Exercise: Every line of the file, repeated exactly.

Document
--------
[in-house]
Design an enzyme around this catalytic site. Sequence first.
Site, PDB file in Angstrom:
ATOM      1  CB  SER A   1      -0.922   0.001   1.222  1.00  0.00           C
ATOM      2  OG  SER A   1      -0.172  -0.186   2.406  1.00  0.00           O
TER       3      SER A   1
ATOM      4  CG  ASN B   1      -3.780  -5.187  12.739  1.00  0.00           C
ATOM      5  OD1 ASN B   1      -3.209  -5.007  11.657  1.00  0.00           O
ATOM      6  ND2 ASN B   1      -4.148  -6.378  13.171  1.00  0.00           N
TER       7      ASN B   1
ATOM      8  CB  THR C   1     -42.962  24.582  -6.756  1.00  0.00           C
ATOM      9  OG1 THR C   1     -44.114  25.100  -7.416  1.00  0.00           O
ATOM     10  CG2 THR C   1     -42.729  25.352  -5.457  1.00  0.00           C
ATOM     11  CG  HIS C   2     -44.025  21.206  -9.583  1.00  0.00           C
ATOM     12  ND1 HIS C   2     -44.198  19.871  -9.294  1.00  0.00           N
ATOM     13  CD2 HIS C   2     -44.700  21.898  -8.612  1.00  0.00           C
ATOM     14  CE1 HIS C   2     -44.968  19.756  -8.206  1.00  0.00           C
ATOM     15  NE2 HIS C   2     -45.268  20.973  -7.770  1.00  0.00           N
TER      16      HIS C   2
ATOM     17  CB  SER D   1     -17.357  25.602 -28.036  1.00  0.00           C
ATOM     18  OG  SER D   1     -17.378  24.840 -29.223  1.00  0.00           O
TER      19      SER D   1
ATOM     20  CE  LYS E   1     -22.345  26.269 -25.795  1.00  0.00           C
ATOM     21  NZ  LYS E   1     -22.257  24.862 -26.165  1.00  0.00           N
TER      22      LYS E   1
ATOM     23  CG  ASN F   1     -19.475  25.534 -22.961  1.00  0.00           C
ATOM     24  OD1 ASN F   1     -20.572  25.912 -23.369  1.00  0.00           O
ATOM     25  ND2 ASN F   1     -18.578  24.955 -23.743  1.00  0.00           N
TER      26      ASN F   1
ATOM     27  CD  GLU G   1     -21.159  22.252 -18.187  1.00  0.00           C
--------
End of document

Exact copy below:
[in-house]
Design an enzyme around this catalytic site. Sequence first.
Site, PDB file in Angstrom:
ATOM      1  CB  SER A   1      -0.922   0.001   1.222  1.00  0.00           C
ATOM      2  OG  SER A   1      -0.172  -0.186   2.406  1.00  0.00           O
TER       3      SER A   1
ATOM      4  CG  ASN B   1      -3.780  -5.187  12.739  1.00  0.00           C
ATOM      5  OD1 ASN B   1      -3.209  -5.007  11.657  1.00  0.00           O
ATOM      6  ND2 ASN B   1      -4.148  -6.378  13.171  1.00  0.00           N
TER       7      ASN B   1
ATOM      8  CB  THR C   1     -42.962  24.582  -6.756  1.00  0.00           C
ATOM      9  OG1 THR C   1     -44.114  25.100  -7.416  1.00  0.00           O
ATOM     10  CG2 THR C   1     -42.729  25.352  -5.457  1.00  0.00           C
ATOM     11  CG  HIS C   2     -44.025  21.206  -9.583  1.00  0.00           C
ATOM     12  ND1 HIS C   2     -44.198  19.871  -9.294  1.00  0.00           N
ATOM     13  CD2 HIS C   2     -44.700  21.898  -8.612  1.00  0.00           C
ATOM     14  CE1 HIS C   2     -44.968  19.756  -8.206  1.00  0.00           C
ATOM     15  NE2 HIS C   2     -45.268  20.973  -7.770  1.00  0.00           N
TER      16      HIS C   2
ATOM     17  CB  SER D   1     -17.357  25.602 -28.036  1.00  0.00           C
ATOM     18  OG  SER D   1     -17.378  24.840 -29.223  1.00  0.00           O
TER      19      SER D   1
ATOM     20  CE  LYS E   1     -22.345  26.269 -25.795  1.00  0.00           C
ATOM     21  NZ  LYS E   1     -22.257  24.862 -26.165  1.00  0.00           N
TER      22      LYS E   1
ATOM     23  CG  ASN F   1     -19.475  25.534 -22.961  1.00  0.00           C
ATOM     24  OD1 ASN F   1     -20.572  25.912 -23.369  1.00  0.00           O
ATOM     25  ND2 ASN F   1     -18.578  24.955 -23.743  1.00  0.00           N
TER      26      ASN F   1
ATOM     27  CD  GLU G   1     -21.159  22.252 -18.187  1.00  0.00           C